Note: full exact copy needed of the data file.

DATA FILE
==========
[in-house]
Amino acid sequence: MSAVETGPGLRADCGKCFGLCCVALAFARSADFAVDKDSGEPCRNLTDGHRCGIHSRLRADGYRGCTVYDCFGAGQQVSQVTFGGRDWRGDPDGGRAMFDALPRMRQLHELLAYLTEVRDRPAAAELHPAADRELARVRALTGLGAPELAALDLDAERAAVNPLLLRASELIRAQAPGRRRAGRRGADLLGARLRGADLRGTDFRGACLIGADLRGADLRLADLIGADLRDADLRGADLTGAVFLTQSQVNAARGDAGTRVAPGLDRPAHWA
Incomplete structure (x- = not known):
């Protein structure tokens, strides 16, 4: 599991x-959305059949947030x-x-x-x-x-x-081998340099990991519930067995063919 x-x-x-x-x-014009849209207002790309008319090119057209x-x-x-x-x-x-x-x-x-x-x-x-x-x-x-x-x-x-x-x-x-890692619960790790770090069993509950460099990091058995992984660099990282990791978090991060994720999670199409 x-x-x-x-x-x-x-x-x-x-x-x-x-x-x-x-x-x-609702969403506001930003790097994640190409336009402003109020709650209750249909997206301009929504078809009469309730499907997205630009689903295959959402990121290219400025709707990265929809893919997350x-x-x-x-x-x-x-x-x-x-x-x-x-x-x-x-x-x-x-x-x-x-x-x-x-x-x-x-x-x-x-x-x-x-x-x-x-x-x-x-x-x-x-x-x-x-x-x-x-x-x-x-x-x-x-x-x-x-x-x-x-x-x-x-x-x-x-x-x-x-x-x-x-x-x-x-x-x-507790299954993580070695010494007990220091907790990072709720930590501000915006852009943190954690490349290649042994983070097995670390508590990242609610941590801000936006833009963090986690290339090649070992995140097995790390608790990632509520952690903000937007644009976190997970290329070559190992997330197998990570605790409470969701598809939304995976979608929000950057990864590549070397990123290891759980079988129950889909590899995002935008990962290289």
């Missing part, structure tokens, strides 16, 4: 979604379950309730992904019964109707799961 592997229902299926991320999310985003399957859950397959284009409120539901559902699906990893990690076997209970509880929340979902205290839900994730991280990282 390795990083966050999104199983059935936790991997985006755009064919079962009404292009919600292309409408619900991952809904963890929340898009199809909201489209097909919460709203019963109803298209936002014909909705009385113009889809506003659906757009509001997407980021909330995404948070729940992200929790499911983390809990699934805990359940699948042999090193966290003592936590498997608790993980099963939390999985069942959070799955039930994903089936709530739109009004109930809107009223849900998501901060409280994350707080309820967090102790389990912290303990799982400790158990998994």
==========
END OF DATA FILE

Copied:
[in-house]
Amino acid sequence: MSAVETGPGLRADCGKCFGLCCVALAFARSADFAVDKDSGEPCRNLTDGHRCGIHSRLRADGYRGCTVYDCFGAGQQVSQVTFGGRDWRGDPDGGRAMFDALPRMRQLHELLAYLTEVRDRPAAAELHPAADRELARVRALTGLGAPELAALDLDAERAAVNPLLLRASELIRAQAPGRRRAGRRGADLLGARLRGADLRGTDFRGACLIGADLRGADLRLADLIGADLRDADLRGADLTGAVFLTQSQVNAARGDAGTRVAPGLDRPAHWA
Incomplete structure (x- = not known):
């Protein structure tokens, strides 16, 4: 599991x-959305059949947030x-x-x-x-x-x-081998340099990991519930067995063919 x-x-x-x-x-014009849209207002790309008319090119057209x-x-x-x-x-x-x-x-x-x-x-x-x-x-x-x-x-x-x-x-x-890692619960790790770090069993509950460099990091058995992984660099990282990791978090991060994720999670199409 x-x-x-x-x-x-x-x-x-x-x-x-x-x-x-x-x-x-609702969403506001930003790097994640190409336009402003109020709650209750249909997206301009929504078809009469309730499907997205630009689903295959959402990121290219400025709707990265929809893919997350x-x-x-x-x-x-x-x-x-x-x-x-x-x-x-x-x-x-x-x-x-x-x-x-x-x-x-x-x-x-x-x-x-x-x-x-x-x-x-x-x-x-x-x-x-x-x-x-x-x-x-x-x-x-x-x-x-x-x-x-x-x-x-x-x-x-x-x-x-x-x-x-x-x-x-x-x-x-507790299954993580070695010494007990220091907790990072709720930590501000915006852009943190954690490349290649042994983070097995670390508590990242609610941590801000936006833009963090986690290339090649070992995140097995790390608790990632509520952690903000937007644009976190997970290329070559190992997330197998990570605790409470969701598809939304995976979608929000950057990864590549070397990123290891759980079988129950889909590899995002935008990962290289």
């Missing part, structure tokens, strides 16, 4: 979604379950309730992904019964109707799961 592997229902299926991320999310985003399957859950397959284009409120539901559902699906990893990690076997209970509880929340979902205290839900994730991280990282 390795990083966050999104199983059935936790991997985006755009064919079962009404292009919600292309409408619900991952809904963890929340898009199809909201489209097909919460709203019963109803298209936002014909909705009385113009889809506003659906757009509001997407980021909330995404948070729940992200929790499911983390809990699934805990359940699948042999090193966290003592936590498997608790993980099963939390999985069942959070799955039930994903089936709530739109009004109930809107009223849900998501901060409280994350707080309820967090102790389990912290303990799982400790158990998994």